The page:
May 31, 2013

4 Best Ways to Get Rid of Cat Dandruff

Filed under: Cat Nutrition,Cat Skin,Cats,Dog Skin Problems — Tags: , — Dr. Loridawn Gordon @ 7:09 pm

how to get rid of cat dandruffJust as dandruff affects humans, it also affects cats. Cats develop dandruff for many reasons such as parasitic infections, sunburn, diabetes, dry climate, poor diet and lack of grooming habits.

It is a good idea to take your cat to the vet as soon as you notice dandruff on his coat, because the dandruff may be a sign of other more serious issues with your cat’s health. Nevertheless, there are some steps that you can take to either prevent or resolve your cat’s dandruff issue at home. Here are the 4 best ways to get rid of cat dandruff:

1. Buy a humidifier. Keeping the air moist in your home is one of the simplest ways to resolve a dandruff problem.

2. Change your cat’s diet. The food you are feeding to your feline friend could be the reason for the dandruff. Try changing to a wet food diet. It would also be wise to supplement the diet with Omega 3 Fatty Acids, which will aid the body in natural oil production, keeping the skin healthy. You should also monitor your cat’s water intake, because dandruff could be the result of dehydration.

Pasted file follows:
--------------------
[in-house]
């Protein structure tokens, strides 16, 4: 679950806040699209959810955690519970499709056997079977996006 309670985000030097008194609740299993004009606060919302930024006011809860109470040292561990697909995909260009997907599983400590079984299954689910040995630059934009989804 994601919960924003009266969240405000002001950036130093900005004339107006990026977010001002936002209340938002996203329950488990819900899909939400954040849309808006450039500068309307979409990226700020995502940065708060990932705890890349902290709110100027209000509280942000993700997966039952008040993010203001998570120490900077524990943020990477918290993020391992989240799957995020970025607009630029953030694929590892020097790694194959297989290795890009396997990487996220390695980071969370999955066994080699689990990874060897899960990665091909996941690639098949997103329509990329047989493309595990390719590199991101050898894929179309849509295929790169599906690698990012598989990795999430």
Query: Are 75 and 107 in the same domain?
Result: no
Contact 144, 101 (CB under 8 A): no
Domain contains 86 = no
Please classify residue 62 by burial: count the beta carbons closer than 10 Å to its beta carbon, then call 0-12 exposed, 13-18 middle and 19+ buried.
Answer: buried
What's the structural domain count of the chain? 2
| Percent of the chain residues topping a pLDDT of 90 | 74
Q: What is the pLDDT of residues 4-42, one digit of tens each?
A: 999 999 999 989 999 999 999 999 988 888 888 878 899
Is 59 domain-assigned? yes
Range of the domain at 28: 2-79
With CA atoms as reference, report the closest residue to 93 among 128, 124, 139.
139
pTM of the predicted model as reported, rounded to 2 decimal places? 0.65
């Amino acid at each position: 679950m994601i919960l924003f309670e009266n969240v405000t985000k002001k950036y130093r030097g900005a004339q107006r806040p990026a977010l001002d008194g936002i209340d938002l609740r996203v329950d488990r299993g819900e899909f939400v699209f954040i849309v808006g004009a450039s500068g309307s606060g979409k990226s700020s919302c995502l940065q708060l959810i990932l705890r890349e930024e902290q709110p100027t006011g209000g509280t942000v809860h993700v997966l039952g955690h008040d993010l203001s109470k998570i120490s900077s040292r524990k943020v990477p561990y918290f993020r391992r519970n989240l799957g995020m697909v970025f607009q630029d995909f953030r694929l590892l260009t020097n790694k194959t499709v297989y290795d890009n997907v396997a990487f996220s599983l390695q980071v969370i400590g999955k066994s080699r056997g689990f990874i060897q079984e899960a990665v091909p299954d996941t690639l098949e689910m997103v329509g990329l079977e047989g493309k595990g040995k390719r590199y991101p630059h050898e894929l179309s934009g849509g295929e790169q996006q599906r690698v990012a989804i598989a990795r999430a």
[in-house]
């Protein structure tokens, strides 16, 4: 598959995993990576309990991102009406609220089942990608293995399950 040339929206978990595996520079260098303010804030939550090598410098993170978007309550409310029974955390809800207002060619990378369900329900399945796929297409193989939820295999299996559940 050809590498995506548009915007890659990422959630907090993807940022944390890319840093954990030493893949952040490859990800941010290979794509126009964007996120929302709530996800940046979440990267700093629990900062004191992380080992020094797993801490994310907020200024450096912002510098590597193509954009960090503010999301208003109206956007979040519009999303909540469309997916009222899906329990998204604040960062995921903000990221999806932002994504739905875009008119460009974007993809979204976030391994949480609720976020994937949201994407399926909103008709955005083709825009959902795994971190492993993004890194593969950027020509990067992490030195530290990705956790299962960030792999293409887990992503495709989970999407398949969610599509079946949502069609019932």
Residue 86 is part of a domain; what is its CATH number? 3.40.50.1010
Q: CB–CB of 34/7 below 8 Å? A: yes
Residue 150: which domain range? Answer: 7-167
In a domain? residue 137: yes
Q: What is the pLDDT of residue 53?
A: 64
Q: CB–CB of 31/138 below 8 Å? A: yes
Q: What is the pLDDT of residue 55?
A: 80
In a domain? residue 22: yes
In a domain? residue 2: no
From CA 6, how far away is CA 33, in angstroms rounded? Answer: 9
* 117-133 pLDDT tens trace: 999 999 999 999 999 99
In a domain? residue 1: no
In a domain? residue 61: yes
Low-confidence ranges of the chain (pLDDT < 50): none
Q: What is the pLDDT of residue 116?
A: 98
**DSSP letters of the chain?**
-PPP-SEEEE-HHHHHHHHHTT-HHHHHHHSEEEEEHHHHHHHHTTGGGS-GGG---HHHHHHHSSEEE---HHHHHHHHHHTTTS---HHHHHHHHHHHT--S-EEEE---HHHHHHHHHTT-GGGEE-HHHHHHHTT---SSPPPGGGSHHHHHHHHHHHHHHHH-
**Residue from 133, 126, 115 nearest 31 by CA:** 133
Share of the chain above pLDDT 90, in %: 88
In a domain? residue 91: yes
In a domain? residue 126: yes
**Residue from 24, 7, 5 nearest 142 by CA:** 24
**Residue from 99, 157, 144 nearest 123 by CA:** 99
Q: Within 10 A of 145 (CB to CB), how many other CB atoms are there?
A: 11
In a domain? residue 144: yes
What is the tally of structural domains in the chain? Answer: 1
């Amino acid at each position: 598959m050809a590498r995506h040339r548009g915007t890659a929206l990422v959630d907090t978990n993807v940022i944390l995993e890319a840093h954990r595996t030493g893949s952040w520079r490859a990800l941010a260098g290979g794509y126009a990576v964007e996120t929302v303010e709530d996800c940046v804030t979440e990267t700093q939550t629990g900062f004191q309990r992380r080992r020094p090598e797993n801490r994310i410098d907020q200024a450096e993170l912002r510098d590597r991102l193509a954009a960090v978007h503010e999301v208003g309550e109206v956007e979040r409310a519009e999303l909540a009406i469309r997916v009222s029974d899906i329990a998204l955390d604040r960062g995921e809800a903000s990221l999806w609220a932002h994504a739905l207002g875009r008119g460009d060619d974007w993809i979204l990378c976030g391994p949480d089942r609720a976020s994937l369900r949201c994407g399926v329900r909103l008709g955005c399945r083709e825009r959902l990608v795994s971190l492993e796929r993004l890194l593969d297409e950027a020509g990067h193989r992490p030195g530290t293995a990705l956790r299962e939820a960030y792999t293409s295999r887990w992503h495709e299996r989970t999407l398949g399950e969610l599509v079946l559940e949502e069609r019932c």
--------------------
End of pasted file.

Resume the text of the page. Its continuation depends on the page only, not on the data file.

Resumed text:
3. Groom your cat. Grooming is especially important if your cat is overweight or a senior. Concentrate on areas of the body that your cat is unable to reach, like the tail. Brushing your cat’s fur helps to distribute the natural oils from his body over the skin. If you bathe your cat, use a gentle shampoo that will not irritate his skin or dry it out.

4. Use lotion. You can buy hypoallergenic lotion, just for cats. Lotion is especially useful when it includes colloidal oatmeal. Lotion can also be used if your cat experiences a sunburn.


We’re social! Have a comment, question, or concern? Let us know on Facebook, Twitter, or the comment box below.

Disclaimer: 1st Pet Naturals is an education resource, and all information herein is strictly for educational purposes. It is not intended to diagnose, treat, prevent, or cure disease, nor is it meant to replace the (prescribed) treatment or recommendations of your veterinarian or healthcare provider. Always inform your veterinarian or healthcare provider of any products that your pet is taking, including herbal remedies and supplements.